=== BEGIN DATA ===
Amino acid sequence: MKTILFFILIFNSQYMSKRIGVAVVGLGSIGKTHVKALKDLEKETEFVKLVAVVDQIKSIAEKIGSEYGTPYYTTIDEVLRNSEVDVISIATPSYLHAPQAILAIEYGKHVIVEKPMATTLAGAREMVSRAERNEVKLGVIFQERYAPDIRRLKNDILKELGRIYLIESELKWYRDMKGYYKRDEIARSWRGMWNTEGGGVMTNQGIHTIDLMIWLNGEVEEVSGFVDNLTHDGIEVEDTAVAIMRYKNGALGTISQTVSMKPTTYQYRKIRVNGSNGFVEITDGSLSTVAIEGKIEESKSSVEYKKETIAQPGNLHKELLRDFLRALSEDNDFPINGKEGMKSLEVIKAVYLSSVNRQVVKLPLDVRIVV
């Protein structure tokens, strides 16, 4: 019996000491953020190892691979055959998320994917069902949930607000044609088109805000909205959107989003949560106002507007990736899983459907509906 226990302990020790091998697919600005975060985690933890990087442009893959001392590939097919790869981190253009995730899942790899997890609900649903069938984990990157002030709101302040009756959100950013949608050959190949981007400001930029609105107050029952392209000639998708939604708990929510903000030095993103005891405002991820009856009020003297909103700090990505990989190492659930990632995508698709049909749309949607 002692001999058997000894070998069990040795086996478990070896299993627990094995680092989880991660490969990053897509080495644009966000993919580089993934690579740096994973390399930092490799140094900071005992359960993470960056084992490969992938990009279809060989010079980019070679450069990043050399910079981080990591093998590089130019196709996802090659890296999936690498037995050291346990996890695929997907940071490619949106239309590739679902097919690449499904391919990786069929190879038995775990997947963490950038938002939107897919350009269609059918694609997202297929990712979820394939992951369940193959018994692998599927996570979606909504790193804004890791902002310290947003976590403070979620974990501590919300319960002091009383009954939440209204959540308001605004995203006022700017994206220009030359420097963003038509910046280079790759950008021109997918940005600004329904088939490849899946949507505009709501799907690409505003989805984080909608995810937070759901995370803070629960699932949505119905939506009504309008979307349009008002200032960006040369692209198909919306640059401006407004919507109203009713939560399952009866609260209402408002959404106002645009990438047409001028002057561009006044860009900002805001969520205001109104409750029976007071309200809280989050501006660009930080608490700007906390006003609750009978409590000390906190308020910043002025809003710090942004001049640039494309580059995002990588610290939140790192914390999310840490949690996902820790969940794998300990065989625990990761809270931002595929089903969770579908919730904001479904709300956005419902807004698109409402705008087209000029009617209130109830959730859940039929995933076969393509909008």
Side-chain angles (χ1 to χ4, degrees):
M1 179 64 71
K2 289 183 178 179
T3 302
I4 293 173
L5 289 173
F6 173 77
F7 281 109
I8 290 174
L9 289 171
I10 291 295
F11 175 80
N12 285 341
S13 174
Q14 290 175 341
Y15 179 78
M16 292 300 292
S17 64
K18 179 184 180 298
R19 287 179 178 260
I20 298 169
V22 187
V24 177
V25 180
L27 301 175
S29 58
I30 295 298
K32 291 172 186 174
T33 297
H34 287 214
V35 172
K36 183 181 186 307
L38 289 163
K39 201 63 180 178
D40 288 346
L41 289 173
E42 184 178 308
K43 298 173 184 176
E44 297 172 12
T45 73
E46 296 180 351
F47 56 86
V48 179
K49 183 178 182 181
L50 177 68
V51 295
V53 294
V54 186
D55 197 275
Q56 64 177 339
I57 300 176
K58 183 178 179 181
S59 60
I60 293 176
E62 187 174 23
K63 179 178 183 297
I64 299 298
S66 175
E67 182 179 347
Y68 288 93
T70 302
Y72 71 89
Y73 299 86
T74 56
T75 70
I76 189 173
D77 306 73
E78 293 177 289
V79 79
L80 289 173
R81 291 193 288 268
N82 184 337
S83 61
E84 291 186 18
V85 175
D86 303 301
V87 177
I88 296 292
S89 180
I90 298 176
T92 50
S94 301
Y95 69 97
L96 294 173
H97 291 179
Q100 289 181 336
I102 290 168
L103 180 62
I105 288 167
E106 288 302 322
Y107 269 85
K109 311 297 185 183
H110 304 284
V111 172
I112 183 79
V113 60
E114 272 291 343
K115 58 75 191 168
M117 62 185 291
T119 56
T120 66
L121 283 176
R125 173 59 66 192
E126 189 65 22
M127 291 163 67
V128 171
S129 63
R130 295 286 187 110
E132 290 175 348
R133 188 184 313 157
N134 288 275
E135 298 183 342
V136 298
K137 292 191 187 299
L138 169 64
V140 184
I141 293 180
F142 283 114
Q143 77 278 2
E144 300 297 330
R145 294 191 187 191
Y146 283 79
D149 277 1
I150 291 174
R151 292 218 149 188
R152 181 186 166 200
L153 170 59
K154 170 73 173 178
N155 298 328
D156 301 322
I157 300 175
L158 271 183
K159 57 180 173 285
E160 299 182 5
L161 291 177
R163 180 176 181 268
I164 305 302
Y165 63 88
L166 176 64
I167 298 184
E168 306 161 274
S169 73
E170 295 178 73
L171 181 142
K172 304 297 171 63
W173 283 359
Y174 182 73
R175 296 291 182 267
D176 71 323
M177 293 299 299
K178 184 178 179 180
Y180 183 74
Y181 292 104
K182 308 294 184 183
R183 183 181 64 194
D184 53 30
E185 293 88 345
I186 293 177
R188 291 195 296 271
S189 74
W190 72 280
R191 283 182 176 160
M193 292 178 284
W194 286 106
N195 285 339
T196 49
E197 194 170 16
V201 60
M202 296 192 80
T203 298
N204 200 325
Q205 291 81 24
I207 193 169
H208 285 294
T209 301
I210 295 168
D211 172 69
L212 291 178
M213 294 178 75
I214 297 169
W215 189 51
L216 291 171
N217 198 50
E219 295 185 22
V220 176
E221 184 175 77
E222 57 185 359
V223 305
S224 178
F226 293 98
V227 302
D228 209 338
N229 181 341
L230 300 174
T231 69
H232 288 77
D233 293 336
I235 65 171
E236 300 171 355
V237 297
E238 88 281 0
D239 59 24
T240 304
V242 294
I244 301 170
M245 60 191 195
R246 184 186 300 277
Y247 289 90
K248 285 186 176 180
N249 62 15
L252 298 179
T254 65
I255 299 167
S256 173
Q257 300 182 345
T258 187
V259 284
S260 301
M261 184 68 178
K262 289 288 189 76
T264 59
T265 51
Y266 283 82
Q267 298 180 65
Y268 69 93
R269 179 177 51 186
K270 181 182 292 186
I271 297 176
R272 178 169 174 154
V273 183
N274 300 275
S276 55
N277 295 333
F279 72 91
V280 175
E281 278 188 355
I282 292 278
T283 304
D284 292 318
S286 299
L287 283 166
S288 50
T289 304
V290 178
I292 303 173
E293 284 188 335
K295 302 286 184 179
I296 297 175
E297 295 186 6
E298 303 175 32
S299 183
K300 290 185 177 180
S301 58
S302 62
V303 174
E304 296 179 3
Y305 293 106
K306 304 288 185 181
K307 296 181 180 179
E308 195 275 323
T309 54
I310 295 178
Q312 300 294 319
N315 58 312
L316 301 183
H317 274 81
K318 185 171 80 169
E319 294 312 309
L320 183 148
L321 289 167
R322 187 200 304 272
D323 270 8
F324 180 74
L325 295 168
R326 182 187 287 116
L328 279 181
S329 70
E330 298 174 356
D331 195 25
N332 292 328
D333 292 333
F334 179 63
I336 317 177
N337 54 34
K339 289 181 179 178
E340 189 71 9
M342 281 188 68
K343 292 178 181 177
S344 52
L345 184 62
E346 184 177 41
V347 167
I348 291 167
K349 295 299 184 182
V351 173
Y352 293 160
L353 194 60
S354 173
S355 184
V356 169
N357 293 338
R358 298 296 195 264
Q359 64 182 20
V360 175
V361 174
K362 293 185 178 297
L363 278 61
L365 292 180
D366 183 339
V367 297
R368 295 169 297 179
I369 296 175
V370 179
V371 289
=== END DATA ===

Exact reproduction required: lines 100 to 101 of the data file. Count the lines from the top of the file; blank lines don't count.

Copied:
K115 58 75 191 168
M117 62 185 291